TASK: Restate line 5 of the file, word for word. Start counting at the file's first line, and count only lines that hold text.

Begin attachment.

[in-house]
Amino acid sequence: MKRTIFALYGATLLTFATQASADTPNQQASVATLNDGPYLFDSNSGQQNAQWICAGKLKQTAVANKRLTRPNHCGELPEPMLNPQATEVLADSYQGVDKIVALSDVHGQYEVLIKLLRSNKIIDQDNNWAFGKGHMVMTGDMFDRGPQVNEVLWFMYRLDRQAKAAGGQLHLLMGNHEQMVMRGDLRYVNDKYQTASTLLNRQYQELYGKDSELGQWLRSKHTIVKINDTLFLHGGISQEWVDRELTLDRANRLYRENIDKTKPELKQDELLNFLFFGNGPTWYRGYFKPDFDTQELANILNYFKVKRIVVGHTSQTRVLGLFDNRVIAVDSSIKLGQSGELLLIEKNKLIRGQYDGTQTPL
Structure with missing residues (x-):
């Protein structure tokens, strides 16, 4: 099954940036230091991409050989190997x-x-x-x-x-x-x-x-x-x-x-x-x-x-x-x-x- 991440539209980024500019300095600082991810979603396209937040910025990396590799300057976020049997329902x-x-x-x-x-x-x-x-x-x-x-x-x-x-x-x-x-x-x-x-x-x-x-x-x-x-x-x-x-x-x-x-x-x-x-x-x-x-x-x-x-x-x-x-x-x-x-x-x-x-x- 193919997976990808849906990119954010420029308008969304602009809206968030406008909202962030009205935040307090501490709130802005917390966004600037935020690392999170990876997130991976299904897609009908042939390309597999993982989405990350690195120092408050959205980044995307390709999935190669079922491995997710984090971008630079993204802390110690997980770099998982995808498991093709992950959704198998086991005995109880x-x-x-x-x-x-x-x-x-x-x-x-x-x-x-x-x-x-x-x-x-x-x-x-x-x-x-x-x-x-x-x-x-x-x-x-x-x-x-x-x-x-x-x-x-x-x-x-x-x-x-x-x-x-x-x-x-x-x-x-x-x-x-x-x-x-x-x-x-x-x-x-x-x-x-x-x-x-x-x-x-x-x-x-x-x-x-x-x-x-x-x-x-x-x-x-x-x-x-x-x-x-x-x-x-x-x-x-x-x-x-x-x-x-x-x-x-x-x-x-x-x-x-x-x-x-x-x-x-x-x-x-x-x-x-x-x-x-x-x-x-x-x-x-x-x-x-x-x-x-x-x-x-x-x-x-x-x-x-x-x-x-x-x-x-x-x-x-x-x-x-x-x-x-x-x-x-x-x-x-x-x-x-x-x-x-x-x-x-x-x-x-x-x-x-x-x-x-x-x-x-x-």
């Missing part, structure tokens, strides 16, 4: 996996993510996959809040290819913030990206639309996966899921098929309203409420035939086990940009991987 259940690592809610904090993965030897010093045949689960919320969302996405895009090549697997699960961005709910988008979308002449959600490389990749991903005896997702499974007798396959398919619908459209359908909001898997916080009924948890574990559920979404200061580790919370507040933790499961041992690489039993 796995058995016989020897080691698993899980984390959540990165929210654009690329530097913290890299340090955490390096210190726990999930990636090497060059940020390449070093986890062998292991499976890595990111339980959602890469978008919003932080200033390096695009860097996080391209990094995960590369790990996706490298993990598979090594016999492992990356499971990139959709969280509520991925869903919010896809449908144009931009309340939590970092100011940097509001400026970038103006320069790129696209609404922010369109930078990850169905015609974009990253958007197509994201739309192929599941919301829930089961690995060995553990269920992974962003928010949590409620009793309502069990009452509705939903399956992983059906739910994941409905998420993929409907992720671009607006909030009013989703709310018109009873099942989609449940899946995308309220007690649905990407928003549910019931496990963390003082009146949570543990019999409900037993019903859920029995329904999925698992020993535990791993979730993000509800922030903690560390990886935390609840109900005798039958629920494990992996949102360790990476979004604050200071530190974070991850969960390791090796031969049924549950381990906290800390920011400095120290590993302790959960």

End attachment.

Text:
């Missing part, structure tokens, strides 16, 4: 996996993510996959809040290819913030990206639309996966899921098929309203409420035939086990940009991987 259940690592809610904090993965030897010093045949689960919320969302996405895009090549697997699960961005709910988008979308002449959600490389990749991903005896997702499974007798396959398919619908459209359908909001898997916080009924948890574990559920979404200061580790919370507040933790499961041992690489039993 796995058995016989020897080691698993899980984390959540990165929210654009690329530097913290890299340090955490390096210190726990999930990636090497060059940020390449070093986890062998292991499976890595990111339980959602890469978008919003932080200033390096695009860097996080391209990094995960590369790990996706490298993990598979090594016999492992990356499971990139959709969280509520991925869903919010896809449908144009931009309340939590970092100011940097509001400026970038103006320069790129696209609404922010369109930078990850169905015609974009990253958007197509994201739309192929599941919301829930089961690995060995553990269920992974962003928010949590409620009793309502069990009452509705939903399956992983059906739910994941409905998420993929409907992720671009607006909030009013989703709310018109009873099942989609449940899946995308309220007690649905990407928003549910019931496990963390003082009146949570543990019999409900037993019903859920029995329904999925698992020993535990791993979730993000509800922030903690560390990886935390609840109900005798039958629920494990992996949102360790990476979004604050200071530190974070991850969960390791090796031969049924549950381990906290800390920011400095120290590993302790959960």